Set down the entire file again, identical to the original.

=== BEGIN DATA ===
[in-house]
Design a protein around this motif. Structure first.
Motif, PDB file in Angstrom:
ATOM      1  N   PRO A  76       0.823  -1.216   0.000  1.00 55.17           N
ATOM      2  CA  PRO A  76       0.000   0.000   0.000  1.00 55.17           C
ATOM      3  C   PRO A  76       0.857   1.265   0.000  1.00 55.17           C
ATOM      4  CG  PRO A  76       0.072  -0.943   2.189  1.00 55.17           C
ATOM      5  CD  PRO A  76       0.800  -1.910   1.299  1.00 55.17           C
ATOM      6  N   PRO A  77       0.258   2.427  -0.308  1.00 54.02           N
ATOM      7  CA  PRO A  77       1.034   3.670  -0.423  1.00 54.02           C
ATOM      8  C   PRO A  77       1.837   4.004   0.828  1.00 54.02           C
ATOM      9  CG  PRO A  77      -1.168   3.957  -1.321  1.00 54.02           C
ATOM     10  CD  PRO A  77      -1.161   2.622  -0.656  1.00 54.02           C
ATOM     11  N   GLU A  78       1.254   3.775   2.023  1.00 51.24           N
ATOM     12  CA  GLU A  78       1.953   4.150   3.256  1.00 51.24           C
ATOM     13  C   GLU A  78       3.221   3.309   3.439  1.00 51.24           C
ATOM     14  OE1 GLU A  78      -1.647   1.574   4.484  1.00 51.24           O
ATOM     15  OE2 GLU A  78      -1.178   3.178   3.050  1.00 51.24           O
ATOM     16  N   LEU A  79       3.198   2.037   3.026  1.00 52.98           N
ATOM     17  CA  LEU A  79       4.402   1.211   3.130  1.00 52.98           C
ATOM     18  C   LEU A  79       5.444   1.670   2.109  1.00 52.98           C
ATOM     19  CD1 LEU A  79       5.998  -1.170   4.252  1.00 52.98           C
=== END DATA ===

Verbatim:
[in-house]
Design a protein around this motif. Structure first.
Motif, PDB file in Angstrom:
ATOM      1  N   PRO A  76       0.823  -1.216   0.000  1.00 55.17           N
ATOM      2  CA  PRO A  76       0.000   0.000   0.000  1.00 55.17           C
ATOM      3  C   PRO A  76       0.857   1.265   0.000  1.00 55.17           C
ATOM      4  CG  PRO A  76       0.072  -0.943   2.189  1.00 55.17           C
ATOM      5  CD  PRO A  76       0.800  -1.910   1.299  1.00 55.17           C
ATOM      6  N   PRO A  77       0.258   2.427  -0.308  1.00 54.02           N
ATOM      7  CA  PRO A  77       1.034   3.670  -0.423  1.00 54.02           C
ATOM      8  C   PRO A  77       1.837   4.004   0.828  1.00 54.02           C
ATOM      9  CG  PRO A  77      -1.168   3.957  -1.321  1.00 54.02           C
ATOM     10  CD  PRO A  77      -1.161   2.622  -0.656  1.00 54.02           C
ATOM     11  N   GLU A  78       1.254   3.775   2.023  1.00 51.24           N
ATOM     12  CA  GLU A  78       1.953   4.150   3.256  1.00 51.24           C
ATOM     13  C   GLU A  78       3.221   3.309   3.439  1.00 51.24           C
ATOM     14  OE1 GLU A  78      -1.647   1.574   4.484  1.00 51.24           O
ATOM     15  OE2 GLU A  78      -1.178   3.178   3.050  1.00 51.24           O
ATOM     16  N   LEU A  79       3.198   2.037   3.026  1.00 52.98           N
ATOM     17  CA  LEU A  79       4.402   1.211   3.130  1.00 52.98           C
ATOM     18  C   LEU A  79       5.444   1.670   2.109  1.00 52.98           C
ATOM     19  CD1 LEU A  79       5.998  -1.170   4.252  1.00 52.98           C